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India to up its electronic manufacturing play, sets up USD 6.3 billion fund

Wistron Corp is looking to begin assembly of printed circuit boards (PCBs) for iPhones at its new plant in southern India.

Photo by Louis Reed on Unsplash.

India is setting up new groundwork to propel electronic manufacturing in the country to the next level.

Two days after Indian finance minister Nirmala Sitharaman, in her 2020 budget, revealed that the government is working on a scheme to boost electronics production in the country, local media Economic Times (ET) reported that the government is building a USD 6.3 billion (INR 45,000-crore) fund to offer incentives and subsidies to global device companies and contract manufacturers like Apple, Samsung, Huawei, Oppo, Vivo, Foxconn, and Wistron, to woo them into bringing their global supply chain in the country.

Of the total USD 6.3-billion pool, over 90% would be “disbursed to companies based on a production-linked incentive (PLI) criteria,” while the rest would be “offered under a proposed capital subsidy, or reimbursement scheme,” the report said, adding that an inter-ministerial note (on this) has already been floated.

According to the report, how the incentives will be offered under the PLI scheme would be decided during inter-ministerial consultations, but it would most likely be similar to the duty credit scrip scheme under the current Merchandise Exports from India Scheme (MEIS), which is being replaced by World Trade Organization (WTO)-compliant Remission of Duties or Taxes on Export Products (RoDTEP). A duty credit scrip is a certificate with certain monetary value that can be used to pay customs duty, excise duty, and service tax.

Additionally, Sitharaman, in her budget speech on Saturday, has proposed increasing the import duty on PCBAs (printed circuit board assembly) to 20% from 10% and for chargers to 20% from 15%, to encourage local manufacturing. The government expects this move to shoot up the local production of PCBAs by more than 100 million and chargers by 50 million units.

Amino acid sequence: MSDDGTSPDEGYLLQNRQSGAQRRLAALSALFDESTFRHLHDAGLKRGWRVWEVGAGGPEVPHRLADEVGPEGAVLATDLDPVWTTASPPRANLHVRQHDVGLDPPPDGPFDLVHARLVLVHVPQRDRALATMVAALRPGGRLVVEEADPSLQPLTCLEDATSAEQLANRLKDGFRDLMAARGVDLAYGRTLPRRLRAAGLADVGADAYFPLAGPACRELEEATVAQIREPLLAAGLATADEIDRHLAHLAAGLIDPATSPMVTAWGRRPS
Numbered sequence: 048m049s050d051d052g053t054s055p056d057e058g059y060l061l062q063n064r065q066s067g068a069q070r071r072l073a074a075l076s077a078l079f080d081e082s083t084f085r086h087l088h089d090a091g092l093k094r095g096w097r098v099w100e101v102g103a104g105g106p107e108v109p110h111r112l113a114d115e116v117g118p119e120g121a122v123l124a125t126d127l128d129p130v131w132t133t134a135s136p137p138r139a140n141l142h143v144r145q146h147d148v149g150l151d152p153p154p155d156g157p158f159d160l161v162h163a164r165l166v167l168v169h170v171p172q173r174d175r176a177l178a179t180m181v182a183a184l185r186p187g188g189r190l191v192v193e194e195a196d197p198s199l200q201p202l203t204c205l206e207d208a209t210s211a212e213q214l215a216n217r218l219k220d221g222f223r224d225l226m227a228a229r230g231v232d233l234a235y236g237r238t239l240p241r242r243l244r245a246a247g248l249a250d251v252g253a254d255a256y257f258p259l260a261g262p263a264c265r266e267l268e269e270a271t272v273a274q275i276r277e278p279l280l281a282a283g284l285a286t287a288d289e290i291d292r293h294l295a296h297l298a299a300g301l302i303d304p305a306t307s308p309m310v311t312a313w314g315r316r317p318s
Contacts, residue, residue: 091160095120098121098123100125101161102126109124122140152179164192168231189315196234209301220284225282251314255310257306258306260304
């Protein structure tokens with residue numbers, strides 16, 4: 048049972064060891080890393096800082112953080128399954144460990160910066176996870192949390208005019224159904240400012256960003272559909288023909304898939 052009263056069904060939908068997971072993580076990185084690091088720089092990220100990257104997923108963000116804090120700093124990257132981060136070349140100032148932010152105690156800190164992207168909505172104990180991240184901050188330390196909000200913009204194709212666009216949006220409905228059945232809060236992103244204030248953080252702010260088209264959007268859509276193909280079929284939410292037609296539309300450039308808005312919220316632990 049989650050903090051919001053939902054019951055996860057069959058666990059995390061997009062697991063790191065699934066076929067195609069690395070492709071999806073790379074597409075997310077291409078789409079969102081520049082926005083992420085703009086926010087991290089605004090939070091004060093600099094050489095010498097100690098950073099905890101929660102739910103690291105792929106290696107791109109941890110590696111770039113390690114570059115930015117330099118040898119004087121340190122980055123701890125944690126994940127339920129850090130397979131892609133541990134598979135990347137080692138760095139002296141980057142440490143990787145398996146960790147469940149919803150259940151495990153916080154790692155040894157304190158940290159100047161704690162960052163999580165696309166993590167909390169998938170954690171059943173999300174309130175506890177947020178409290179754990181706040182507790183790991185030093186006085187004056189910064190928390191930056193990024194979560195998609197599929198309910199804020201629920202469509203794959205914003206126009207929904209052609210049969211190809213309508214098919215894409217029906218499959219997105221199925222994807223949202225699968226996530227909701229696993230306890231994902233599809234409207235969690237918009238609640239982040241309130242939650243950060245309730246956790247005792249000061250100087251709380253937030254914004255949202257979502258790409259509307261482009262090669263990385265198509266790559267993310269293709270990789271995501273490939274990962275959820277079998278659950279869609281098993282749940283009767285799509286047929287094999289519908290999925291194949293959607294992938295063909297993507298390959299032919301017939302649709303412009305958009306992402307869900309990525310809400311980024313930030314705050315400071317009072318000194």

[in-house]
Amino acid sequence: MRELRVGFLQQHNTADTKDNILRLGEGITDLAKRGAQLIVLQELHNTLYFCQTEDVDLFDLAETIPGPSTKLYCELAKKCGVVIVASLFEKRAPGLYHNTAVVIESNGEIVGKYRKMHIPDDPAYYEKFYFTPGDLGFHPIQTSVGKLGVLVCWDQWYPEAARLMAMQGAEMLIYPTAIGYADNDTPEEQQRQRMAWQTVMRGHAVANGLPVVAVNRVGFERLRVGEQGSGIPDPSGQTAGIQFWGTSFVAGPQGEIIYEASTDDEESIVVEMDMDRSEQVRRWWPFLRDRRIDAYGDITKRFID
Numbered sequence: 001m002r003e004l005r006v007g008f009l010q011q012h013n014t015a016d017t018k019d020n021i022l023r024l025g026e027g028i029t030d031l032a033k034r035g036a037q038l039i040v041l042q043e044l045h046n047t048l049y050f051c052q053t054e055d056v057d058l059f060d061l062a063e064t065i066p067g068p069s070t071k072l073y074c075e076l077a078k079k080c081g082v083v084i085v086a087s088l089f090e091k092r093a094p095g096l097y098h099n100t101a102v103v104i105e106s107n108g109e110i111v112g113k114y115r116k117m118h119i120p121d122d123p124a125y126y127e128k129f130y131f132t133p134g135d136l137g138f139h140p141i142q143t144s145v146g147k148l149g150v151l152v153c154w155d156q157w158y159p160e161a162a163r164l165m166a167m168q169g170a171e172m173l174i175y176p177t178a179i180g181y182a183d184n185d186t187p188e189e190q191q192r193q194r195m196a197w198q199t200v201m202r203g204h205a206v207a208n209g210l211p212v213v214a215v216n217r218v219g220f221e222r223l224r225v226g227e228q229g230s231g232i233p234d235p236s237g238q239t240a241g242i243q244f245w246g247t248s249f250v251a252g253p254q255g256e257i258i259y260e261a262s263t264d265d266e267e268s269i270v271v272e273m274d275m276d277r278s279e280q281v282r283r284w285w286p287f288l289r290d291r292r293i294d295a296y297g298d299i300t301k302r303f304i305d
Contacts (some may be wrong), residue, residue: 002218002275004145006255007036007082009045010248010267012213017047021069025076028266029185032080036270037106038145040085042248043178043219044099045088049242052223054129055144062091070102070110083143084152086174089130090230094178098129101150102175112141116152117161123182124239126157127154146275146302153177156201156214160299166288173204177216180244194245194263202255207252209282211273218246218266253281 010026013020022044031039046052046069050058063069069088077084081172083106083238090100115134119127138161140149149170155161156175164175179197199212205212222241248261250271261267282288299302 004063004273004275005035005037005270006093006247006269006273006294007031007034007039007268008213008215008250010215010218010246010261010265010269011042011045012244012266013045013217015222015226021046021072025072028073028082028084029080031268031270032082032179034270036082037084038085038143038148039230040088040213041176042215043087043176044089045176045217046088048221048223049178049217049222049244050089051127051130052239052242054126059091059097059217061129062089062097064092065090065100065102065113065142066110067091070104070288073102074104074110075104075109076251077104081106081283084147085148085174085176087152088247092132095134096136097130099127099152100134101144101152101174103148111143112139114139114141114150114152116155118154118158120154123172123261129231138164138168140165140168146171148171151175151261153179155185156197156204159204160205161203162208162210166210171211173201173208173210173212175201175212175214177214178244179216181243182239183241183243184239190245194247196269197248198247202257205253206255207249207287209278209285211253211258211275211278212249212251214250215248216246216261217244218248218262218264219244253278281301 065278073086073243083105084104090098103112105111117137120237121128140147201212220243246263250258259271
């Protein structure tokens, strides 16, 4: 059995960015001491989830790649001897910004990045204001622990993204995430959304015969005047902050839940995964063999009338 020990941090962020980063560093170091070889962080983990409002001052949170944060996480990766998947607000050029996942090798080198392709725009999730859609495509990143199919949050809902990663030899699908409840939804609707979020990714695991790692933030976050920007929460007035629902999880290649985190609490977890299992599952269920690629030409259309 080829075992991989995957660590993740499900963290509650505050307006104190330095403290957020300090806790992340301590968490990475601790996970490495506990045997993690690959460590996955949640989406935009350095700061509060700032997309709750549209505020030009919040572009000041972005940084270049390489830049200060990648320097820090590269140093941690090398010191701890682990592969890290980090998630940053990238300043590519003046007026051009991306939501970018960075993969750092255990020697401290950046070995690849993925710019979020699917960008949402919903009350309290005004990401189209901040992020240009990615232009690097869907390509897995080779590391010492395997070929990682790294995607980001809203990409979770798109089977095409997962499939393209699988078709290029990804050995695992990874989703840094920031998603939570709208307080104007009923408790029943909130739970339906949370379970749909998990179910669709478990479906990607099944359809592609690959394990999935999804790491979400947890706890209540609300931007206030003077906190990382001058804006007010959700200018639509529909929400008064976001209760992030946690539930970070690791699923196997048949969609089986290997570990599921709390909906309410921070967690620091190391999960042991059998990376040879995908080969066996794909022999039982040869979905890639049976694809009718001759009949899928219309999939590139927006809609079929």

These moves are in line with the government’s six-year-old flagship initiative, Make In India, which aims to make the country an established electronic manufacturing hub. Moreover, the country’s recent Economic Survey said, similar to China, India should launch a project to assemble electronic equipment in India for the global demand and integrate it with Make in India initiative, which will help the country raise its export market share to about 3.5% by 2025 and 6% by 2030.

The push from the government comes in the wake of the outbreak of coronavirus in China, from where the majority of smartphone companies import components.

Currently, as per the National Policy on Electronics 2019, India has a target of manufacturing 1 billion indigenous mobile handsets, valued at about USD 182 billion (INR 13 lakh crore), of which 600 million units will be for exports. By 2025, the aim is to increase smartphone exports from the country to USD 110 billion from the current USD 3 billion. In the same time frame, the government wants to promote domestic manufacturing in the entire value-chain of ESDM (electronic system design and manufacturing) to achieve a turnover of USD 400 billion (INR 26 lakh crore).

India’s effort to lure component makers that supply to global electronics giants seems to be working.

Citing sources, a Reuters report on Tuesday said, Taiwan’s contract manufacturer Wistron Corp is looking to begin assembly of printed circuit boards (PCBs) for iPhones at its new plant in southern India.

At present, Wistron assembles low-cost iPhone model SE as well as 6S and 7 devices in its facility in Bengaluru. The contract manufacturer’s second plant, also near Bengaluru, is expected to become operational by April and will be able to produce eight million smartphones annually, the report said adding that it will make iPhone 7 and 8 models, some of which will be exported. Taiwanese contract manufacturer Foxconn, which currently makes iPhone XR models in the country, already assembles PCBs for those devices locally.